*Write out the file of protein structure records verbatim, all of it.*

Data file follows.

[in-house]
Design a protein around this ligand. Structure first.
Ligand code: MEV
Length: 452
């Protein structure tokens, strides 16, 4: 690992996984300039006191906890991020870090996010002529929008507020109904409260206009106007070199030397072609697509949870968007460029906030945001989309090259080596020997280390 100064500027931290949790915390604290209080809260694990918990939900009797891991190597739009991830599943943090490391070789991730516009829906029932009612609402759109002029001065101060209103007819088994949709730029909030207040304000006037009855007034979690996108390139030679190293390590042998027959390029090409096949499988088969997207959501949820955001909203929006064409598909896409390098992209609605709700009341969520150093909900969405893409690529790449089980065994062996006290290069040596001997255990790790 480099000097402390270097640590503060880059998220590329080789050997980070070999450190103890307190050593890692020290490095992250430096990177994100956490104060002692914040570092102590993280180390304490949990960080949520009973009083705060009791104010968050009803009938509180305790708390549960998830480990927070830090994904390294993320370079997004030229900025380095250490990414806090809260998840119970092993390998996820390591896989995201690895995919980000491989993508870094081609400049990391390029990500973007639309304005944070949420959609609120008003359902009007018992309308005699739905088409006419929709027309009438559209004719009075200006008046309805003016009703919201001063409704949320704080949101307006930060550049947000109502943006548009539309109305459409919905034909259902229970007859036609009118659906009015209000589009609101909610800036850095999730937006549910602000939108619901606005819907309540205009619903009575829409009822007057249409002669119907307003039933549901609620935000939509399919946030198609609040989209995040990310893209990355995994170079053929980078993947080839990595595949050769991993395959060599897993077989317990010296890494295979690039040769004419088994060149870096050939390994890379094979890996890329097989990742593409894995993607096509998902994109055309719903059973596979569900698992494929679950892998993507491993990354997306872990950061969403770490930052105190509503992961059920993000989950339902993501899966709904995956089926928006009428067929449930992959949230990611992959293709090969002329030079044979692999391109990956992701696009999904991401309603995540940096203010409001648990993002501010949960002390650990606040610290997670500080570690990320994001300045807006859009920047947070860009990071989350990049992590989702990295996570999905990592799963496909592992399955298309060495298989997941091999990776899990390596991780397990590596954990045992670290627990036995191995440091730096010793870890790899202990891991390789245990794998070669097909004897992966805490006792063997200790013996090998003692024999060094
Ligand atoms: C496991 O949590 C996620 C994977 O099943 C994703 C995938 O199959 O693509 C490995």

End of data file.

[in-house]
Design a protein around this ligand. Structure first.
Ligand code: MEV
Length: 452
């Protein structure tokens, strides 16, 4: 690992996984300039006191906890991020870090996010002529929008507020109904409260206009106007070199030397072609697509949870968007460029906030945001989309090259080596020997280390 100064500027931290949790915390604290209080809260694990918990939900009797891991190597739009991830599943943090490391070789991730516009829906029932009612609402759109002029001065101060209103007819088994949709730029909030207040304000006037009855007034979690996108390139030679190293390590042998027959390029090409096949499988088969997207959501949820955001909203929006064409598909896409390098992209609605709700009341969520150093909900969405893409690529790449089980065994062996006290290069040596001997255990790790 480099000097402390270097640590503060880059998220590329080789050997980070070999450190103890307190050593890692020290490095992250430096990177994100956490104060002692914040570092102590993280180390304490949990960080949520009973009083705060009791104010968050009803009938509180305790708390549960998830480990927070830090994904390294993320370079997004030229900025380095250490990414806090809260998840119970092993390998996820390591896989995201690895995919980000491989993508870094081609400049990391390029990500973007639309304005944070949420959609609120008003359902009007018992309308005699739905088409006419929709027309009438559209004719009075200006008046309805003016009703919201001063409704949320704080949101307006930060550049947000109502943006548009539309109305459409919905034909259902229970007859036609009118659906009015209000589009609101909610800036850095999730937006549910602000939108619901606005819907309540205009619903009575829409009822007057249409002669119907307003039933549901609620935000939509399919946030198609609040989209995040990310893209990355995994170079053929980078993947080839990595595949050769991993395959060599897993077989317990010296890494295979690039040769004419088994060149870096050939390994890379094979890996890329097989990742593409894995993607096509998902994109055309719903059973596979569900698992494929679950892998993507491993990354997306872990950061969403770490930052105190509503992961059920993000989950339902993501899966709904995956089926928006009428067929449930992959949230990611992959293709090969002329030079044979692999391109990956992701696009999904991401309603995540940096203010409001648990993002501010949960002390650990606040610290997670500080570690990320994001300045807006859009920047947070860009990071989350990049992590989702990295996570999905990592799963496909592992399955298309060495298989997941091999990776899990390596991780397990590596954990045992670290627990036995191995440091730096010793870890790899202990891991390789245990794998070669097909004897992966805490006792063997200790013996090998003692024999060094
Ligand atoms: C496991 O949590 C996620 C994977 O099943 C994703 C995938 O199959 O693509 C490995």